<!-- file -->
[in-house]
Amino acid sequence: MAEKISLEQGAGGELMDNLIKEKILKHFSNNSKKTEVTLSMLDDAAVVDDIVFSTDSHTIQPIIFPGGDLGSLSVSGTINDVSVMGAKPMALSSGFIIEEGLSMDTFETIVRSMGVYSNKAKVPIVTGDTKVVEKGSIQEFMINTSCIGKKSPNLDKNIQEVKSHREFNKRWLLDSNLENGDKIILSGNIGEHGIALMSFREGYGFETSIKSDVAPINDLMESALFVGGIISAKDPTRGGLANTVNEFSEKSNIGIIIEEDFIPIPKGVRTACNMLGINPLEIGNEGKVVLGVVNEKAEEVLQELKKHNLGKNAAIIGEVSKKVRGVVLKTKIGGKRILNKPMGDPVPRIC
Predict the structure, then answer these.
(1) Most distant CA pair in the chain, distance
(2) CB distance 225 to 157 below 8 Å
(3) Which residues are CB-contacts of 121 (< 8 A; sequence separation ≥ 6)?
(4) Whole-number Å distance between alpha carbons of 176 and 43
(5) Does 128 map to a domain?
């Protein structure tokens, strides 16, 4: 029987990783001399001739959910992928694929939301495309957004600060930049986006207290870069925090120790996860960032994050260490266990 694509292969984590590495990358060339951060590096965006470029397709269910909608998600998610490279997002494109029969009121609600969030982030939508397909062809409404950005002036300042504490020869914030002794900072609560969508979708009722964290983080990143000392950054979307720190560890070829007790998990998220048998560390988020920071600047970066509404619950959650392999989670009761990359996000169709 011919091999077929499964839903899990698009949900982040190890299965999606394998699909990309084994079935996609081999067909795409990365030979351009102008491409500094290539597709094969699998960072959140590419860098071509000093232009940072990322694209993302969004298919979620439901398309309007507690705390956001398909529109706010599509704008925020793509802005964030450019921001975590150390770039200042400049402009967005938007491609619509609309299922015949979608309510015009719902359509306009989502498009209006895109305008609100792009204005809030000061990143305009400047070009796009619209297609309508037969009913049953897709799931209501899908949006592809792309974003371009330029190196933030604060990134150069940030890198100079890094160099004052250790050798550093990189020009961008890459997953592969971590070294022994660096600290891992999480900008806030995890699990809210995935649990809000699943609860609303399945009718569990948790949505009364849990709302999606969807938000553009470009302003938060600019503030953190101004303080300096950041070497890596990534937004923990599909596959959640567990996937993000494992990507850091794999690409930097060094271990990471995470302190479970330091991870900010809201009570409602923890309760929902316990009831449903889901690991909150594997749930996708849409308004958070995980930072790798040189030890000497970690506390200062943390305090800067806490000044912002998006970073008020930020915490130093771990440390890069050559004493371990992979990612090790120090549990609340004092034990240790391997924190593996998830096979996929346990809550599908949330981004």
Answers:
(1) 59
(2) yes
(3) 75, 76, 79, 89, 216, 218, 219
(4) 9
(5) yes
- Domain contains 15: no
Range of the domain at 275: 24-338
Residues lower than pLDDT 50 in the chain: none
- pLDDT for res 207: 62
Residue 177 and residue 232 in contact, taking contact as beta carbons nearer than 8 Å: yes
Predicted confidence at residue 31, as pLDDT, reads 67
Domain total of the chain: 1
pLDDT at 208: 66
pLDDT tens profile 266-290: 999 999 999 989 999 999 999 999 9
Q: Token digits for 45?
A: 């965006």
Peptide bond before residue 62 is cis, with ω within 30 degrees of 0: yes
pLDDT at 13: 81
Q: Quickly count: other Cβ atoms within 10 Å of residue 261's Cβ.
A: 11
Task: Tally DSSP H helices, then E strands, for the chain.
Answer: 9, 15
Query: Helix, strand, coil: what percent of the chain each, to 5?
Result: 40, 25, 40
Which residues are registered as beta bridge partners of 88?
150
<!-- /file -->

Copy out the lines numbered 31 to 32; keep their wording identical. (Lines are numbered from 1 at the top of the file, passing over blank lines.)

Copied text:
Task: Tally DSSP H helices, then E strands, for the chain.
Answer: 9, 15